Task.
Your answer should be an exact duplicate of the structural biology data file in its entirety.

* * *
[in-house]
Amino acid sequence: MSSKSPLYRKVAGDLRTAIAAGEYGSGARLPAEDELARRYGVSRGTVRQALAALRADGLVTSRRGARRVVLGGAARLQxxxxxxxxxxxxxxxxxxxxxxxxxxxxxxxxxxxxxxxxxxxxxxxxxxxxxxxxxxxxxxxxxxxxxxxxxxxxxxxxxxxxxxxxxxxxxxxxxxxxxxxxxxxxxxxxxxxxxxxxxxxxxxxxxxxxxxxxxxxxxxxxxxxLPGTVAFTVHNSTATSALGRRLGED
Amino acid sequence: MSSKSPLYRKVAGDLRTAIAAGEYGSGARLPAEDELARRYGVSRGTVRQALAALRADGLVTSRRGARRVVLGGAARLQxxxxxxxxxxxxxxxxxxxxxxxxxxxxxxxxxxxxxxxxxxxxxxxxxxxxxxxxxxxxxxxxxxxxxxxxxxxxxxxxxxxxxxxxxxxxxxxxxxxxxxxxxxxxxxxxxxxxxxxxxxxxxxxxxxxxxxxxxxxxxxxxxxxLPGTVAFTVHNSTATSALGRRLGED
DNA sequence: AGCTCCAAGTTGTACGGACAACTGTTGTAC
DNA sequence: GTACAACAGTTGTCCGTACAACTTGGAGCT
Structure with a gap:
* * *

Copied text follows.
[in-house]
Amino acid sequence: MSSKSPLYRKVAGDLRTAIAAGEYGSGARLPAEDELARRYGVSRGTVRQALAALRADGLVTSRRGARRVVLGGAARLQxxxxxxxxxxxxxxxxxxxxxxxxxxxxxxxxxxxxxxxxxxxxxxxxxxxxxxxxxxxxxxxxxxxxxxxxxxxxxxxxxxxxxxxxxxxxxxxxxxxxxxxxxxxxxxxxxxxxxxxxxxxxxxxxxxxxxxxxxxxxxxxxxxxLPGTVAFTVHNSTATSALGRRLGED
Amino acid sequence: MSSKSPLYRKVAGDLRTAIAAGEYGSGARLPAEDELARRYGVSRGTVRQALAALRADGLVTSRRGARRVVLGGAARLQxxxxxxxxxxxxxxxxxxxxxxxxxxxxxxxxxxxxxxxxxxxxxxxxxxxxxxxxxxxxxxxxxxxxxxxxxxxxxxxxxxxxxxxxxxxxxxxxxxxxxxxxxxxxxxxxxxxxxxxxxxxxxxxxxxxxxxxxxxxxxxxxxxxLPGTVAFTVHNSTATSALGRRLGED
DNA sequence: AGCTCCAAGTTGTACGGACAACTGTTGTAC
DNA sequence: GTACAACAGTTGTCCGTACAACTTGGAGCT
Structure with a gap: